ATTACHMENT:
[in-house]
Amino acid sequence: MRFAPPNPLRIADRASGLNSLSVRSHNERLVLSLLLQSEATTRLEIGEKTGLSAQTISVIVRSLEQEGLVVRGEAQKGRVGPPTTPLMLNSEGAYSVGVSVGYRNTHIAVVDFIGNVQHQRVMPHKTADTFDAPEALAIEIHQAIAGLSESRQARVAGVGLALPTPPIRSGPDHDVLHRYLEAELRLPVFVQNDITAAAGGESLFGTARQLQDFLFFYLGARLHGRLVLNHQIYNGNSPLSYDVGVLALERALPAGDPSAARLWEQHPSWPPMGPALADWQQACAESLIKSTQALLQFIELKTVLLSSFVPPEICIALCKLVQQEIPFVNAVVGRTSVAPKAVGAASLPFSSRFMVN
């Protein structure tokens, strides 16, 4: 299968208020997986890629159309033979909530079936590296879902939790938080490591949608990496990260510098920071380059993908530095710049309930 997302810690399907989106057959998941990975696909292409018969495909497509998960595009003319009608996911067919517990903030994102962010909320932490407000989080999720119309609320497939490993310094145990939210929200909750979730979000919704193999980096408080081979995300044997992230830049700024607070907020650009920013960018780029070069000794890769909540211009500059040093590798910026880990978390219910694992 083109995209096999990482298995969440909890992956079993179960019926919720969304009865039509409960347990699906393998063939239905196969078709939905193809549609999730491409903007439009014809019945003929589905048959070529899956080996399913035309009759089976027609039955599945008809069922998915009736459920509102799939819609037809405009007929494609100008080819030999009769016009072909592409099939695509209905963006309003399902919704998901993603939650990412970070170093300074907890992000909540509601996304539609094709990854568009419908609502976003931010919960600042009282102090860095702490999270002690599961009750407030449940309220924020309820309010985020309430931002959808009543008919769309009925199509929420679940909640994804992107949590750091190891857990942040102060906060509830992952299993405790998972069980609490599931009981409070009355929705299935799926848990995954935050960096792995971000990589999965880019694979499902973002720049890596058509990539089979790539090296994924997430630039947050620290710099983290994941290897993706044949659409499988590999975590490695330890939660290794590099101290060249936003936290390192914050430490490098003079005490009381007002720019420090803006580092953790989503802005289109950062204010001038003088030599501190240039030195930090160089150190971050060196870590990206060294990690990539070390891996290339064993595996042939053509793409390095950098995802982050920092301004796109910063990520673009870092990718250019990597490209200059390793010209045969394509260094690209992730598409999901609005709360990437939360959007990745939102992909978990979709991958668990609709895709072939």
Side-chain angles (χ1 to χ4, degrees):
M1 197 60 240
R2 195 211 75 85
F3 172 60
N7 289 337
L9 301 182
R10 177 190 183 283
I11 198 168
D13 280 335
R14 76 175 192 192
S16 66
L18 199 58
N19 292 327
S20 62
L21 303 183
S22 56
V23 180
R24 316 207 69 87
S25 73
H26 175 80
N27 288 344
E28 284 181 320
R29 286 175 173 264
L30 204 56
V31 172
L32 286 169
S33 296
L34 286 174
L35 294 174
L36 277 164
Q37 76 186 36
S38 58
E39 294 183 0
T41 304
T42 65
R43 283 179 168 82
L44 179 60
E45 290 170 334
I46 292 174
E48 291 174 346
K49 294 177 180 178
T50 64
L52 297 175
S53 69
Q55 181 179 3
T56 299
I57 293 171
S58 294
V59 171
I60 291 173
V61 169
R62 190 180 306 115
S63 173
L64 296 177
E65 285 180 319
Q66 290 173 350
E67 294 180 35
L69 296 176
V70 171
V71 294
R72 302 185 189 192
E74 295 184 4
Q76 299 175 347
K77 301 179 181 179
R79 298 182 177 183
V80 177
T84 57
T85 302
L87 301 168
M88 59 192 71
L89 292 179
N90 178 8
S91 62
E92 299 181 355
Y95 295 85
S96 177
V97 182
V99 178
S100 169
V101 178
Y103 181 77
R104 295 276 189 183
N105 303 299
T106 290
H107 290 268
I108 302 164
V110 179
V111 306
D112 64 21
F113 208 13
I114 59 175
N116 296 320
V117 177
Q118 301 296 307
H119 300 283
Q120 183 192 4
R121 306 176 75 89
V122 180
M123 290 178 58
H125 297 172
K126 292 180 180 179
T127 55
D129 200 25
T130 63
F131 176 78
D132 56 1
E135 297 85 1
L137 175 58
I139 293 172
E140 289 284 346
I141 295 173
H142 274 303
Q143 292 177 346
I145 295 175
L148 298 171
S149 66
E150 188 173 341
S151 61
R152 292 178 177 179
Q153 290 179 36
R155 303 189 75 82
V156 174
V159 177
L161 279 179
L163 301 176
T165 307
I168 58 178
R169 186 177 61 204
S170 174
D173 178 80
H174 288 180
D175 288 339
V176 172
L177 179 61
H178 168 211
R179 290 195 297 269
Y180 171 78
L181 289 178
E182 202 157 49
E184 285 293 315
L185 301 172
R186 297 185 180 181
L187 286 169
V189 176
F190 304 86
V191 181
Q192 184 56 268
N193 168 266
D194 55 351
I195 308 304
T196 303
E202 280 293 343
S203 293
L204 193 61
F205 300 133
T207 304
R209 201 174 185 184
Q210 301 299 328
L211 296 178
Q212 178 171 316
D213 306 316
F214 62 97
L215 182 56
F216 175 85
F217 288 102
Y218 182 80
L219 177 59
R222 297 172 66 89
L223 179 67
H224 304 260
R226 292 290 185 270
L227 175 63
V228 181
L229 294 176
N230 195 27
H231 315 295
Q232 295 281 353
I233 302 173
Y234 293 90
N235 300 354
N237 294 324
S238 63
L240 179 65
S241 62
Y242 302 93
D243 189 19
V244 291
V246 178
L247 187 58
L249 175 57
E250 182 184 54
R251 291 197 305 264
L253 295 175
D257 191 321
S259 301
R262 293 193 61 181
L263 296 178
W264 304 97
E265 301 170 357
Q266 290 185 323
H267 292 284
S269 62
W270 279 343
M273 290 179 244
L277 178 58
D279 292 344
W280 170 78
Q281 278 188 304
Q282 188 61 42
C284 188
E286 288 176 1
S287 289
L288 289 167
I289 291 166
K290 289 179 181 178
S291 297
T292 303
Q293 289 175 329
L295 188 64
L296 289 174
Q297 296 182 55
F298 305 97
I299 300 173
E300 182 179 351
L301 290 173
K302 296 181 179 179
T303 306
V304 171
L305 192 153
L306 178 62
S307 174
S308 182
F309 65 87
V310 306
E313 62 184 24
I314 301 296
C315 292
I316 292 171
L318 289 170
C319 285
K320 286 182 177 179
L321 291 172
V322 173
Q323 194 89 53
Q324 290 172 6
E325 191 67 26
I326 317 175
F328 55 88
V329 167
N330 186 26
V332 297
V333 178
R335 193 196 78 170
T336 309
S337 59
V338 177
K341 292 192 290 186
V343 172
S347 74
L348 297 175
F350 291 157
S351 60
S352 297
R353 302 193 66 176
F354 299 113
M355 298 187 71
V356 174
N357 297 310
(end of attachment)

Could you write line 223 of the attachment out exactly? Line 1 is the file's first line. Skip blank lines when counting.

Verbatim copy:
L296 289 174